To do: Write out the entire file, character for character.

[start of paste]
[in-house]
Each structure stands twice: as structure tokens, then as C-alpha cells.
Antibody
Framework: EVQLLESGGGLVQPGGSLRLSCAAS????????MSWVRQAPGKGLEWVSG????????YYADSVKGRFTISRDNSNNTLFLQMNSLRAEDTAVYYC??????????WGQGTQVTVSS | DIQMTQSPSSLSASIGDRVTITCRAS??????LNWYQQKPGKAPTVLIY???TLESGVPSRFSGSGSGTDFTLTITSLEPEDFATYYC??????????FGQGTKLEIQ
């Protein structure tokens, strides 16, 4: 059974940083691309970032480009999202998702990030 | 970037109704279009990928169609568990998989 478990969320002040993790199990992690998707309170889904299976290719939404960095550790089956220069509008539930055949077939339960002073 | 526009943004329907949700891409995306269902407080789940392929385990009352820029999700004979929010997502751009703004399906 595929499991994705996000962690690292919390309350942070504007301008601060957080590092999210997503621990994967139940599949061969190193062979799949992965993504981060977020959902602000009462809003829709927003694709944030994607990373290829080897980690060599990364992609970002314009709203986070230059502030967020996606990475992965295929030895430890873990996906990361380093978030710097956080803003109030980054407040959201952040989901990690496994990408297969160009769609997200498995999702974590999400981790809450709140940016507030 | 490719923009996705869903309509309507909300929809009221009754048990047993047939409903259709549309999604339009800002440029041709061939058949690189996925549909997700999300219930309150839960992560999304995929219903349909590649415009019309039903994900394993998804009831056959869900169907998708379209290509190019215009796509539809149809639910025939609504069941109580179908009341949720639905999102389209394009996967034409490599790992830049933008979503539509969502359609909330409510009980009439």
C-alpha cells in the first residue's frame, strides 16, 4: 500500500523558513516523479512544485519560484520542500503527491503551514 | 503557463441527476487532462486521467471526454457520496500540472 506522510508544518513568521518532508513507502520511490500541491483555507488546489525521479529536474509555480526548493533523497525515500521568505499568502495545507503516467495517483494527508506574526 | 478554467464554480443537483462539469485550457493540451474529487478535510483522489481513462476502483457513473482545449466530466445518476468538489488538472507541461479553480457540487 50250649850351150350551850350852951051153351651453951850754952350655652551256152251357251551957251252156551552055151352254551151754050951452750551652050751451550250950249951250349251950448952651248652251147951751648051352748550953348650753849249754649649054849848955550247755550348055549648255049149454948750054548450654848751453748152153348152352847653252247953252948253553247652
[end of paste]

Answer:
[in-house]
Each structure stands twice: as structure tokens, then as C-alpha cells.
Antibody
Framework: EVQLLESGGGLVQPGGSLRLSCAAS????????MSWVRQAPGKGLEWVSG????????YYADSVKGRFTISRDNSNNTLFLQMNSLRAEDTAVYYC??????????WGQGTQVTVSS | DIQMTQSPSSLSASIGDRVTITCRAS??????LNWYQQKPGKAPTVLIY???TLESGVPSRFSGSGSGTDFTLTITSLEPEDFATYYC??????????FGQGTKLEIQ
């Protein structure tokens, strides 16, 4: 059974940083691309970032480009999202998702990030 | 970037109704279009990928169609568990998989 478990969320002040993790199990992690998707309170889904299976290719939404960095550790089956220069509008539930055949077939339960002073 | 526009943004329907949700891409995306269902407080789940392929385990009352820029999700004979929010997502751009703004399906 595929499991994705996000962690690292919390309350942070504007301008601060957080590092999210997503621990994967139940599949061969190193062979799949992965993504981060977020959902602000009462809003829709927003694709944030994607990373290829080897980690060599990364992609970002314009709203986070230059502030967020996606990475992965295929030895430890873990996906990361380093978030710097956080803003109030980054407040959201952040989901990690496994990408297969160009769609997200498995999702974590999400981790809450709140940016507030 | 490719923009996705869903309509309507909300929809009221009754048990047993047939409903259709549309999604339009800002440029041709061939058949690189996925549909997700999300219930309150839960992560999304995929219903349909590649415009019309039903994900394993998804009831056959869900169907998708379209290509190019215009796509539809149809639910025939609504069941109580179908009341949720639905999102389209394009996967034409490599790992830049933008979503539509969502359609909330409510009980009439």
C-alpha cells in the first residue's frame, strides 16, 4: 500500500523558513516523479512544485519560484520542500503527491503551514 | 503557463441527476487532462486521467471526454457520496500540472 506522510508544518513568521518532508513507502520511490500541491483555507488546489525521479529536474509555480526548493533523497525515500521568505499568502495545507503516467495517483494527508506574526 | 478554467464554480443537483462539469485550457493540451474529487478535510483522489481513462476502483457513473482545449466530466445518476468538489488538472507541461479553480457540487 50250649850351150350551850350852951051153351651453951850754952350655652551256152251357251551957251252156551552055151352254551151754050951452750551652050751451550250950249951250349251950448952651248652251147951751648051352748550953348650753849249754649649054849848955550247755550348055549648255049149454948750054548450654848751453748152153348152352847653252247953252948253553247652